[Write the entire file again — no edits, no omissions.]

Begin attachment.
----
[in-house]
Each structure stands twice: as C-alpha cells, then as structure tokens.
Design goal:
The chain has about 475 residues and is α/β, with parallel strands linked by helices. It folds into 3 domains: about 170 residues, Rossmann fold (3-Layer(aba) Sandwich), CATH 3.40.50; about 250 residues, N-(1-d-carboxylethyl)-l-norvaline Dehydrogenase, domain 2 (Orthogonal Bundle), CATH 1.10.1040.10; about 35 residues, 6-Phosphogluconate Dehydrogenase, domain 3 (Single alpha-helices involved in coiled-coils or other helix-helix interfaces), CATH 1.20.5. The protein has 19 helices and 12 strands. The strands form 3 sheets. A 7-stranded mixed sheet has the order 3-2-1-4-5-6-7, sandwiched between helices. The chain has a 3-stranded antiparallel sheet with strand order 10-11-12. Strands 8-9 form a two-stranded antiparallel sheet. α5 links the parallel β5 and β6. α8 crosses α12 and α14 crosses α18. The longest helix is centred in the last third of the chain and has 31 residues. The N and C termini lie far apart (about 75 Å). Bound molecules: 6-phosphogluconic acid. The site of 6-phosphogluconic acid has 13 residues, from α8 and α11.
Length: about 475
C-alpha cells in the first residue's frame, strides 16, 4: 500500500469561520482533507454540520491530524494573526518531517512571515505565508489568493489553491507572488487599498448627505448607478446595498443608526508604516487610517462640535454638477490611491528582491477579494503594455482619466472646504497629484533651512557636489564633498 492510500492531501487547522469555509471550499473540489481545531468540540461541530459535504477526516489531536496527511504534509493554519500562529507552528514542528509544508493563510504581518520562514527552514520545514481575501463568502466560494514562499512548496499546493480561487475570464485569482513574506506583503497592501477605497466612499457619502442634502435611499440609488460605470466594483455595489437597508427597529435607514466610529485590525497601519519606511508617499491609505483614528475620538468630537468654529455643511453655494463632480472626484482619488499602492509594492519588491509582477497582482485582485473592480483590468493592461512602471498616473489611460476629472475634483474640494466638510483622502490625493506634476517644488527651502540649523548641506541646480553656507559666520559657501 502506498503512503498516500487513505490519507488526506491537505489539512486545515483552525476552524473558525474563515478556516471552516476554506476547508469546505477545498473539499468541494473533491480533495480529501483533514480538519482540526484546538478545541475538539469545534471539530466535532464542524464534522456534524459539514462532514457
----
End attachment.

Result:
[in-house]
Each structure stands twice: as C-alpha cells, then as structure tokens.
Design goal:
The chain has about 475 residues and is α/β, with parallel strands linked by helices. It folds into 3 domains: about 170 residues, Rossmann fold (3-Layer(aba) Sandwich), CATH 3.40.50; about 250 residues, N-(1-d-carboxylethyl)-l-norvaline Dehydrogenase, domain 2 (Orthogonal Bundle), CATH 1.10.1040.10; about 35 residues, 6-Phosphogluconate Dehydrogenase, domain 3 (Single alpha-helices involved in coiled-coils or other helix-helix interfaces), CATH 1.20.5. The protein has 19 helices and 12 strands. The strands form 3 sheets. A 7-stranded mixed sheet has the order 3-2-1-4-5-6-7, sandwiched between helices. The chain has a 3-stranded antiparallel sheet with strand order 10-11-12. Strands 8-9 form a two-stranded antiparallel sheet. α5 links the parallel β5 and β6. α8 crosses α12 and α14 crosses α18. The longest helix is centred in the last third of the chain and has 31 residues. The N and C termini lie far apart (about 75 Å). Bound molecules: 6-phosphogluconic acid. The site of 6-phosphogluconic acid has 13 residues, from α8 and α11.
Length: about 475
C-alpha cells in the first residue's frame, strides 16, 4: 500500500469561520482533507454540520491530524494573526518531517512571515505565508489568493489553491507572488487599498448627505448607478446595498443608526508604516487610517462640535454638477490611491528582491477579494503594455482619466472646504497629484533651512557636489564633498 492510500492531501487547522469555509471550499473540489481545531468540540461541530459535504477526516489531536496527511504534509493554519500562529507552528514542528509544508493563510504581518520562514527552514520545514481575501463568502466560494514562499512548496499546493480561487475570464485569482513574506506583503497592501477605497466612499457619502442634502435611499440609488460605470466594483455595489437597508427597529435607514466610529485590525497601519519606511508617499491609505483614528475620538468630537468654529455643511453655494463632480472626484482619488499602492509594492519588491509582477497582482485582485473592480483590468493592461512602471498616473489611460476629472475634483474640494466638510483622502490625493506634476517644488527651502540649523548641506541646480553656507559666520559657501 502506498503512503498516500487513505490519507488526506491537505489539512486545515483552525476552524473558525474563515478556516471552516476554506476547508469546505477545498473539499468541494473533491480533495480529501483533514480538519482540526484546538478545541475538539469545534471539530466535532464542524464534522456534524459539514462532514457